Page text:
Natural Conflict: Video and Photography from Israel

Natural Conflict showcases work by seven established Israeli artists who explore issues that have been ongoing in Israeli society for years. Through the media of video and photography, the artists Shelly Federman, Avi Holtzman, Elyasaf Kowner, Ori Gersht, Roi Kuper, Shai Kremer, and Sharon Glazberg reveal the way that Israeli military presence, booming real estate development, and other environmental issues have both physically and metaphorically impacted the Israeli landscape.

Israel is a small country that claims an area of approximately 8,000 square miles—equivalent to 7.5 percent of the total area of Nevada. Approximately 30 percent of the country’s land is comprised of restricted military zones. These areas include training bases, firing zones, and ground and air exercise zones where public access is prohibited and actions are not monitored. Artists such as Shai Kremer, and Roi Kuper use photography to examine issues related to this contested landscape.

Over the last decade, Israel has enjoyed a significant real-estate and construction boom largely driven by foreign buyers looking for vacation homes along the nation’s Mediterranean coast. Fast-paced construction in the region threatens Israel’s “green lung” and in some cases has led to the privatization of public beaches—topics that Shelly Federman explores in her video work.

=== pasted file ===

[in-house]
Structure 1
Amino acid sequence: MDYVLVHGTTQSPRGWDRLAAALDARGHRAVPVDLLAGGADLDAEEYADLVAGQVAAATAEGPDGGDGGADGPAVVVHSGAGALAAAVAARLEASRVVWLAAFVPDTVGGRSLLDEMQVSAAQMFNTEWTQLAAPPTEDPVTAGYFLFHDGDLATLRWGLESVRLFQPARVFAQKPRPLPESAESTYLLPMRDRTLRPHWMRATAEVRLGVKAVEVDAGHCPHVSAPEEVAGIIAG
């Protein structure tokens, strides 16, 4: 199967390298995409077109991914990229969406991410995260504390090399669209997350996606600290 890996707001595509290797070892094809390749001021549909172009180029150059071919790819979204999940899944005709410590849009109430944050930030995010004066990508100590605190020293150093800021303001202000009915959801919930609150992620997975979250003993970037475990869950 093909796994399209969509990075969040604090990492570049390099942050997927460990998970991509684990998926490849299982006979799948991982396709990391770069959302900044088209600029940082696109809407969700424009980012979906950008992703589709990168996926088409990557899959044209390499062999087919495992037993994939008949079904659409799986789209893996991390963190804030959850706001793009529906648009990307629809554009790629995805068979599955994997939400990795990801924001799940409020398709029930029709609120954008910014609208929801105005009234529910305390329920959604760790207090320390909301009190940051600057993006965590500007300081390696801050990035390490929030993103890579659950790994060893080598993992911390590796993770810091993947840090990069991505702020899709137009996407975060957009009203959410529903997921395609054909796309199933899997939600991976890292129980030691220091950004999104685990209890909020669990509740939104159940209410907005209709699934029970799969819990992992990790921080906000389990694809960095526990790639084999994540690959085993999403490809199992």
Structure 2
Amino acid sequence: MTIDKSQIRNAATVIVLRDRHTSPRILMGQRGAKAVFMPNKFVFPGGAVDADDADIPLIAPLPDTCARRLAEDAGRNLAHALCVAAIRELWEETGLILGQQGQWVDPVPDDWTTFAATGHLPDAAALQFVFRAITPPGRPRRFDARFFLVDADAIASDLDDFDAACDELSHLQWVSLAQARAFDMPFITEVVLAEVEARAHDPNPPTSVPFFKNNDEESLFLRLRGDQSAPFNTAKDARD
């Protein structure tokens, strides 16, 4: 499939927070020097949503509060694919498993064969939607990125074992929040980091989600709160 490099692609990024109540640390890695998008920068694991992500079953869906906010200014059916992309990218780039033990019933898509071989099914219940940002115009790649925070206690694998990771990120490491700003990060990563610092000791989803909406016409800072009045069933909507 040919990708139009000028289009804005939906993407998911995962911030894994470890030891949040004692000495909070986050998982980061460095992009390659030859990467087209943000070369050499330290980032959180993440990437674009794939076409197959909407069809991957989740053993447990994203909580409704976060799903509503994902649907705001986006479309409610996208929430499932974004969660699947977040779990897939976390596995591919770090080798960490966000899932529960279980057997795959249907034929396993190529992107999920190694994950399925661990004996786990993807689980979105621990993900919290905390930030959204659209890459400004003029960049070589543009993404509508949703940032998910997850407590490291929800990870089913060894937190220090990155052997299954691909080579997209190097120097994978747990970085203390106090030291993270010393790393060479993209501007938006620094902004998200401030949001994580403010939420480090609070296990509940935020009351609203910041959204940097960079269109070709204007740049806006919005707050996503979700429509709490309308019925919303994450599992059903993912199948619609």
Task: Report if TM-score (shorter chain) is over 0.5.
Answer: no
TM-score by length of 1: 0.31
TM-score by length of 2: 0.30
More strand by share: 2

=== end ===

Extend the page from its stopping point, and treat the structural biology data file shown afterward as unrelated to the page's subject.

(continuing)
While environmental conflicts such as these are universal and enduring, in Israel the relative impact is greater due to its diminutive size and limited open space. Although environmental awareness exists, clear policies for protecting natural resources have evolved slowly and are sometimes challenged by powerful private interests and the needs of the military. This exhibition endeavors to survey the varied visual and environmental realities in Israel through the eyes of the seven artists. Comprised of loaded symbols of the Israeli landscape and culture, common sights, and hidden or unfamiliar places, the works grapple with the real, potential, and endangered beauty of the Israeli landscape with a blend of criticism and subtle sorrow.



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